Security firm defends service to public housing agency poised to cancel contract
Since January, Sentry Force Security has held a contract to patrol properties owned and operated by the Charlottesville Housing and Redevelopment Authority. President Tim Sansone addressed the CHRA Board of Commissioners at their meeting at matters from the public and said there has been an increase in illegal activities and that Sentry Force personnel have been coordinating with the Charlottesville Police Department.
“I understand there’s been some dialogue or conversations as far as the scope of our services and the contract that we have with CRHA,” Sansone said. “I think everyone would agree or know that the properties that we’re here to patrol and provide services with are definitely in need of some type of security service or coverage which is what we are providing.”
Sansone said service was reduced in February due to the cost, and he told the CRHA Board that his company would put together a proposal for a lowered price.
The topic came up during a public hearing on the budget for fiscal year 2022. The CRHA fiscal year begins on April 1. Sales said revenue from tenants is expected to be down by $150,000 despite leasing more units. He also said the U.S. Department of Housing and Urban Development is requiring CRHA to set aside $500,000 in reserve in order to one day leave “troubled” status. (draft budget)
Much of the discussion, though, dealt with the security issue.
Sales said the CHRA had signed a $240,000 contract under a line item called “Total Protective Services” but that is now expected to not carry on into the next year. Sales became CRHA director last August.
“Solicitation was already out when I got here,” Sales said. “We moved forward with it. After going through numbers, looking at what we’re projected to lose in revenue and the operating fund not catching up for a year, because it’s a year behind…. We really can’t afford this service.”
Sales said the bill from Sentry Force Security for January was $43,000.
“I don’t know any housing authority that can afford that,” Sales said. “That’s about a half million a year. That would by far be the largest contract we have.”
Sales said there are other ways to address security issues, such as hiring someone to check ids before people enter Crescent Halls, for instance.
At the public comment period, Brandon Collins of the Public Housing Association of Residents said he supported the change.
“The current security company and the previous security company really weren’t offering anything, any kind of improvements to resident safety and the housing authority has been very responsive to resident direction on this matter,” Collins said.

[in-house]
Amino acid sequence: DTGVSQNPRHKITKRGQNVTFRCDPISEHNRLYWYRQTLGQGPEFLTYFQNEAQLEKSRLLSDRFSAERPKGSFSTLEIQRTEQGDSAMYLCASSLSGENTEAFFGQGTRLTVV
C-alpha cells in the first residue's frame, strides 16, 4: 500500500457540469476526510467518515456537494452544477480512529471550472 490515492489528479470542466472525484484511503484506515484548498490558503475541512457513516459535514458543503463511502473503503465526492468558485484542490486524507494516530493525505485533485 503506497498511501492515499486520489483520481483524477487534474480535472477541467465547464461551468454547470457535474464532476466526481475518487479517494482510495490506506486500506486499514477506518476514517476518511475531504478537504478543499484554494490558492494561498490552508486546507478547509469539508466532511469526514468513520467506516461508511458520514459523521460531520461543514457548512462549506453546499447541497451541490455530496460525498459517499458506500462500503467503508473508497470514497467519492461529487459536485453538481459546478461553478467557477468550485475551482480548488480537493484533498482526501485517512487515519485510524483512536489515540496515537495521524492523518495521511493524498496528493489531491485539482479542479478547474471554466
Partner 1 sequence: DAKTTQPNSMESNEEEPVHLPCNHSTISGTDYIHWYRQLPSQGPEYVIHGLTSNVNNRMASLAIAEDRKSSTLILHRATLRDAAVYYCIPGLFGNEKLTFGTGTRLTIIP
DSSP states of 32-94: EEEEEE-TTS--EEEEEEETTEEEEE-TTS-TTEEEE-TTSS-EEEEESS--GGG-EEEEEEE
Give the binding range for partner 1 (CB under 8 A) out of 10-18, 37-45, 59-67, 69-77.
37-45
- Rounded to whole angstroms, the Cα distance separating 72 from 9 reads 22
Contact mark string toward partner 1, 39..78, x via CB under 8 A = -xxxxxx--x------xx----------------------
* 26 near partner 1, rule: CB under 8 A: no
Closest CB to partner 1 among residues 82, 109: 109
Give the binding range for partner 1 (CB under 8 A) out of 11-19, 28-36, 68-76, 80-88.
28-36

Collins said community-based initiatives such as the recently formed B.U.C.K. Squad would be a better use of resources to address safety.
Sansone spoke again during the public hearing for the budget. He said security officers have logged 147 incidents and 23 of those have been violent crime, drug related, or property damage. He said he understood the budget issues.
“I would hope that we could all agree that security is definitely a need at these properties,” Sansone said. “In January when we are at full staffing level we were patrolling concurrently with [Charlottesville Police Department].”
Sansone said he warned that without security, the number of violent incidents would continue as the weather gets warm. That’s the same message that the head of the B.U.C.K. Squad told Council earlier this month.
Sansone said that could leave the CRHA with liability issues if someone they hire to run the door at Crescent Halls is injured in an incident. The CRHA’s attorney, David Oberg, later disputed that notion and said they’d be covered by worker’s compensation.
Sansone offered a lower rate for Sentry Force’s services albeit with lower service.
“I’d just strongly discourage the Board from considering removing all security presence as a whole, especially with the summer months coming up.
Sales said the new proposal was for $180,000 and he thought that the authority could only afford about $9,000 a month. Sansone continued his pitch.
“It’s not going be the same exact same service level as having what we had done in January but it would be able to provide a deterrent and a presence because if people start seeing that there is no security at all at these properties, then the word is going to get out and you’re going to see a lot more activity happening at these properties, especially with the summer months coming up.”
There were murders at South First Street on November 5 and December 27 of last year, as well as numerous reports of shots fired.
Mayor Nikuyah Walker, who sits on the CHRA Board, acknowledged the summer months could lead to an uptick in violence and she wants to find a solution to prevent future issues.
“It is something that we need to figure out but I think that we need to work with the families that live there with CRHA, with the Safety Committee,” Walker said. “It isn’t something I don’t think we can delay.”
Walker said Council is considering proposals to fund both Peace in the Street and B.U.C.K. Squad.
“But there are also some things that they can’t do that we wouldn’t want them to do just for safety reasons,” Walker said.
The CRHA will vote on the budget at a meeting on March 30.
Kathleen Glenn-Matthews, the operations director for CRHA, gave an update on redevelopment efforts. Groundbreaking for the first phase of South First Street’s redevelopment was held on March 7.
“And we are in the planning process as we really closed on Crescent Halls to go ahead and get a similar event in place there and we hope to have some announcement soon once I talk to the Crescent Halls residents association about times that will for them,” Glenn-Matthews said.
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